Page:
All things environmental

Musings about the environment and all it touches, from education to city planning

Oil, gas, and governance

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Trans-Alaska Pipeline - Atigun Pass

A few bits of news yesterday generated comments on Facebook, which made me wonder about how exactly governments make decisions on energy policy in general, and hydrocarbons in particular.

Tzeporah Berman made a couple of comments that are well worth repeating. She posted a story from the Mike De Souza at the Toronto Star that has since gone viral (at least in environmental circles). The basic tenet is that the federal government tried to cover up the problem of an on-going spill in the oil sands and make the story go away. Comments Berman:

It is sad, scandalous and disturbing to see our government treating this ongoing oil spill as a PR problem to be covered up. Remember when we thought Environment Canada was actually there to regulate industry and protect the environment and our health? Is transparency too much to ask?

Four hours later, she posted this article from the Post, with the following comment:

In a lot of ways this is an unbelievable story that gives a window into the world of oil politics. Here is a Conservative Party insider who has been an advisor to Harper and now CEO of Hill and Knowlton saying that Harper is simply designing policies that the oil and gas industry ask for, “All politicians do is respond to the pressure they are put under”.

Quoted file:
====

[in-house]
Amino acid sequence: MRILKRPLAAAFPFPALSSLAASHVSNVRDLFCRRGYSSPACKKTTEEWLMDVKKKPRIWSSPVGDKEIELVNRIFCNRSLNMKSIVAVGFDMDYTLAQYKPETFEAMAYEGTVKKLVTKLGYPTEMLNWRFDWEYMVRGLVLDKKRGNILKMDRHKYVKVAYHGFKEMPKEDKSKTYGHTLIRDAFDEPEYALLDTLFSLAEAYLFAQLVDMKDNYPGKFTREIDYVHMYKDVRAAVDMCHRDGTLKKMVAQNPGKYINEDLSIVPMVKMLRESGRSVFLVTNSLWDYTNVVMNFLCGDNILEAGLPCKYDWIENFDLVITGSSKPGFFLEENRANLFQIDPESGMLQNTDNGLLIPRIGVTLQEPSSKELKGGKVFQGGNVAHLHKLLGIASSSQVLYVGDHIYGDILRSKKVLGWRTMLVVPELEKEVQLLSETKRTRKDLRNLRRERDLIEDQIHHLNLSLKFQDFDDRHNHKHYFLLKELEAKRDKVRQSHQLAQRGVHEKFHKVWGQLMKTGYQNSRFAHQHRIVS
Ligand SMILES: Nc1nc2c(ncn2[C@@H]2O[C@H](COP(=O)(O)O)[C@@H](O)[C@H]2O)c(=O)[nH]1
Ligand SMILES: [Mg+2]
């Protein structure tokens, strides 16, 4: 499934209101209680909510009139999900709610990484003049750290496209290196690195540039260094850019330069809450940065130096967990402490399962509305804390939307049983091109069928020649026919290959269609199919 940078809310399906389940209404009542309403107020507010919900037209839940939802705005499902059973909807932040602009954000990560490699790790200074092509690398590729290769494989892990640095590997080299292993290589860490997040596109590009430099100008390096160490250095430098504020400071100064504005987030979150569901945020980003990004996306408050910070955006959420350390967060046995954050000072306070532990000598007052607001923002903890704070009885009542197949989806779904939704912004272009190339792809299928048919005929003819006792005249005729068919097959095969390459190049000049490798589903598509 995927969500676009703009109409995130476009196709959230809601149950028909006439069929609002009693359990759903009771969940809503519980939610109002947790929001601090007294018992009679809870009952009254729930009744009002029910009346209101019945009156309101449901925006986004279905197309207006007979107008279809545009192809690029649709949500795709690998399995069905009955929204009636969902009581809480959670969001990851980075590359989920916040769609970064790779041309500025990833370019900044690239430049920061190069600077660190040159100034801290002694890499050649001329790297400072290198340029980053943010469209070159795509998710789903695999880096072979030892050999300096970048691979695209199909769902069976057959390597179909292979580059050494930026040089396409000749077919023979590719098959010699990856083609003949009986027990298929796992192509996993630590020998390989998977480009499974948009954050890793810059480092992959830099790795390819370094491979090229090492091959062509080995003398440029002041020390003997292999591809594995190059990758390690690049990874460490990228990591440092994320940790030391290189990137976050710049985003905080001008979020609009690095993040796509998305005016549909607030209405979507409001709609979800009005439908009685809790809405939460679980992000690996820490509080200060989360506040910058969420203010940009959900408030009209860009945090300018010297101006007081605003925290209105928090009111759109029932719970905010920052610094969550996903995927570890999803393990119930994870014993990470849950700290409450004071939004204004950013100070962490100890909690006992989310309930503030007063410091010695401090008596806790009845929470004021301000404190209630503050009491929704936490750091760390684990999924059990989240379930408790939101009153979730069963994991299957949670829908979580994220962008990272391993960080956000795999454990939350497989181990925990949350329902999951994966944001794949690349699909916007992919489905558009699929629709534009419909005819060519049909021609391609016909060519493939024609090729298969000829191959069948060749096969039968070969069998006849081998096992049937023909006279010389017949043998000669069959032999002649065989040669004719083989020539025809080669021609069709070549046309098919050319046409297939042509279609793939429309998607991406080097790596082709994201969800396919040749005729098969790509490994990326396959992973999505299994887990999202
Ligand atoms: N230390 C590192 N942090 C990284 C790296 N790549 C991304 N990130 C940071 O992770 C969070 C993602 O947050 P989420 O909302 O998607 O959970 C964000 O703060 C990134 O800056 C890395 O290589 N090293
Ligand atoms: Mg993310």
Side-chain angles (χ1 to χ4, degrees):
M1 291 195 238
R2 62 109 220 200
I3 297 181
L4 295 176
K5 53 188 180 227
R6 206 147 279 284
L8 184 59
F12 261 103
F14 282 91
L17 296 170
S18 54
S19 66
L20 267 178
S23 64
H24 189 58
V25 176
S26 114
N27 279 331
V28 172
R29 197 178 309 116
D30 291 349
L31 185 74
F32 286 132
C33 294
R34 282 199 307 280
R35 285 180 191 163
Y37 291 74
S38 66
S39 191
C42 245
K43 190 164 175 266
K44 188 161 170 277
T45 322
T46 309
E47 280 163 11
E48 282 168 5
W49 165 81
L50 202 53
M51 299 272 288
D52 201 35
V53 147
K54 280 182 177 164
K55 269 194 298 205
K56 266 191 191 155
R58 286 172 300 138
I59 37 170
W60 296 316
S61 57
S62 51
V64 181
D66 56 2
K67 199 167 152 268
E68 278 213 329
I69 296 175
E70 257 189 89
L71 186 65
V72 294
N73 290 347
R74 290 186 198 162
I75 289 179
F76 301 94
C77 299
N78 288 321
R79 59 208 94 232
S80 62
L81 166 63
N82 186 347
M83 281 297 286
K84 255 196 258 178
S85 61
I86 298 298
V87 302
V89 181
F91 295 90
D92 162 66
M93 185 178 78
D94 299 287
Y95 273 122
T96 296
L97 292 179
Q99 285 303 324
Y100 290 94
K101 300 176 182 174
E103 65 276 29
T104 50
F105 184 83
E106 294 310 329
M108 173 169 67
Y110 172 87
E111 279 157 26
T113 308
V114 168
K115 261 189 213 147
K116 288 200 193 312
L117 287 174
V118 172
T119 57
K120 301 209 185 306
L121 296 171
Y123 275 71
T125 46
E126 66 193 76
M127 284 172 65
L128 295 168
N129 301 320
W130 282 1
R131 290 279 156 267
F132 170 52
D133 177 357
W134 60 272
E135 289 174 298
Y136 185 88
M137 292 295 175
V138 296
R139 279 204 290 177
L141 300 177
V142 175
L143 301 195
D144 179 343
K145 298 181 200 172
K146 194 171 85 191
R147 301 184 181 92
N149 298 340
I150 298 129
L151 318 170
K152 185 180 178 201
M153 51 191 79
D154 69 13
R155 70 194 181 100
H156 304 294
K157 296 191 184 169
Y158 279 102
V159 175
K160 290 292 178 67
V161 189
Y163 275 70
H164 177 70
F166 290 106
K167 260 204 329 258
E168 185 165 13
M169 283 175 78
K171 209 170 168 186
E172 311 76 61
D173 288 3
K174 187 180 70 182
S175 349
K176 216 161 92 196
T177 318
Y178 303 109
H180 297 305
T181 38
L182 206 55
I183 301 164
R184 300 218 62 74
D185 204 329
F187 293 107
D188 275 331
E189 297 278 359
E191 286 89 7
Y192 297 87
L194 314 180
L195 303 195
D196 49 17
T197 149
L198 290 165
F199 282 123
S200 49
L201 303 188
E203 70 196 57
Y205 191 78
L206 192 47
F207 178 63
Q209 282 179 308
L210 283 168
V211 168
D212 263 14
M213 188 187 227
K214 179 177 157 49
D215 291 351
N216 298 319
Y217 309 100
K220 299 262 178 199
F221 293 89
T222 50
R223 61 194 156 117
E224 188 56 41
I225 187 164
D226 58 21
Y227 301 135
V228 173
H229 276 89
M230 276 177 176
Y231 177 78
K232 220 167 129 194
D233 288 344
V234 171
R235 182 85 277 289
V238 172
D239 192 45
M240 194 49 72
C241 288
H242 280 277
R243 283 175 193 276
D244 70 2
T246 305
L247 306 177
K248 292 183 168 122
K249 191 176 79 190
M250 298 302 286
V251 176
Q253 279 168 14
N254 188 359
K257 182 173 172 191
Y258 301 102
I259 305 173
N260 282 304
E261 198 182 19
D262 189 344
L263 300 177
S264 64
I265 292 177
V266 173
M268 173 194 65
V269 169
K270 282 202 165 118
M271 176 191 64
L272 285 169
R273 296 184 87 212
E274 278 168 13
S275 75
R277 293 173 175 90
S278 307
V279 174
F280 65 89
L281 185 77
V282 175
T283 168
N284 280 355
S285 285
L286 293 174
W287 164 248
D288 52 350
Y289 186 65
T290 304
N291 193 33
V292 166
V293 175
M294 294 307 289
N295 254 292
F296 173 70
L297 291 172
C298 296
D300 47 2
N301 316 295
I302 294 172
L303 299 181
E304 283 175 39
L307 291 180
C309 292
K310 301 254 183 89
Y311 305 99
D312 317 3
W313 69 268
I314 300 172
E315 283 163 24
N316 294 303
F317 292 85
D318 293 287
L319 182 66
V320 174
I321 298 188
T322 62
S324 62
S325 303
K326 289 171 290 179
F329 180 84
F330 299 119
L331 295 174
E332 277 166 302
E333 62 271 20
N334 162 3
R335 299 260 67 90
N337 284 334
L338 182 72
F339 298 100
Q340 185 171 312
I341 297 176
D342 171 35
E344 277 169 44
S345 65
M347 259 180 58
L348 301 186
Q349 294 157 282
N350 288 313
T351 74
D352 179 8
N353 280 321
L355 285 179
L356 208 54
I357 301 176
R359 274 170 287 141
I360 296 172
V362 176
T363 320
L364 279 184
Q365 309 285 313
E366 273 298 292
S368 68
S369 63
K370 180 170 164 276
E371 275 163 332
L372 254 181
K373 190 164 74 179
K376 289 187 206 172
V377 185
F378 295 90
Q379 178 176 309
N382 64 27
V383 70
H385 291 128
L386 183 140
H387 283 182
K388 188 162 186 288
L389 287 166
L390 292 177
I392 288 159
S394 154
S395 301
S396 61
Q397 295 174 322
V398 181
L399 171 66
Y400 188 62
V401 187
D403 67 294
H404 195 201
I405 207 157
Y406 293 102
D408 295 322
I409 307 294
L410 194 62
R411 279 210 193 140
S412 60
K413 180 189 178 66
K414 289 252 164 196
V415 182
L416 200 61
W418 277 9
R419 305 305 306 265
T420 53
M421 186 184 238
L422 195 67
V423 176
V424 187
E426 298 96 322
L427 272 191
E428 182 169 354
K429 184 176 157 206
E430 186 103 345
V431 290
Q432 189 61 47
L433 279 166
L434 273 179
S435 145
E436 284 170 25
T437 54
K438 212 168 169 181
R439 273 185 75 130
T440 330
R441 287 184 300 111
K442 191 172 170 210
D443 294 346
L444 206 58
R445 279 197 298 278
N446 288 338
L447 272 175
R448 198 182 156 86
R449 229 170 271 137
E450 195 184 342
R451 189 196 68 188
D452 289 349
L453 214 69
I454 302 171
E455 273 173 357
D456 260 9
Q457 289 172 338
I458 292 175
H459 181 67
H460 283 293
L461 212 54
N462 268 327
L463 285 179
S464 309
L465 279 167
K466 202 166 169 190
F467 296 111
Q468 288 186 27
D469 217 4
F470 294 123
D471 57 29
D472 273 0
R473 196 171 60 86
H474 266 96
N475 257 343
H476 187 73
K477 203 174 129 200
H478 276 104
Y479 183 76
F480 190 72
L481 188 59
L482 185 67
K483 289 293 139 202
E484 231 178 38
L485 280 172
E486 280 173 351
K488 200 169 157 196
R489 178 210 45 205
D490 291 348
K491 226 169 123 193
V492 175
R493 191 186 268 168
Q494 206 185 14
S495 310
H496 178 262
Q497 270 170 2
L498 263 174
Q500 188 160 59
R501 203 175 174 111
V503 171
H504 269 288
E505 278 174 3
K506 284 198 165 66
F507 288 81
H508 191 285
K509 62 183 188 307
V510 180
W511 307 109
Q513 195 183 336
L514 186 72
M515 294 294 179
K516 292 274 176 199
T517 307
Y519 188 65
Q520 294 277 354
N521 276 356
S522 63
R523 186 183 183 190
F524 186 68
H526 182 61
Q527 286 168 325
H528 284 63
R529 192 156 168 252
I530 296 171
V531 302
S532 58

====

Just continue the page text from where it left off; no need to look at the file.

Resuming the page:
At about the same time, someone from the Green Energy Futures group posted this comment regarding a Calgary Herald article:

I’ve wondered for a long time whether the biggest problem for solar energy is that it is NOT taxed… and so the government doesn’t see any revenue from it. Coal, oil, methane and bitumen (COMB) are taxed and so when the government puts in its incentive programmes, (such as the newly announced one here) the govt does not see the incentives as subsidies, but rather sees them as “investments” where there is a return on investment… the govt in effect is in the business of being a business (contrary to what right wing politics likes to think). Any support for solar though then starts to rob the govt of its income from COMB, effectively having a negative ROI!
What do you think about this? Should the government tax solar energy? Should the government continue to provide incentives for COMB?

Mmmh…I think Green Energy Futures is on to something. Our governments are addicted to fossil fuel revenues, and anything that leads to a reduction in fossil fuel use cuts into their finances. Yet we know we need to de-carbonize our economy, or eventually perish from climate-driven catastrophes. How do we cut the addiction?  Or, another way to ask this, what do we expect from our government?  Should they act as a business?  And if not, how does that mindset changes?

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Written by enviropaul

July 30, 2014 at 6:38 pm

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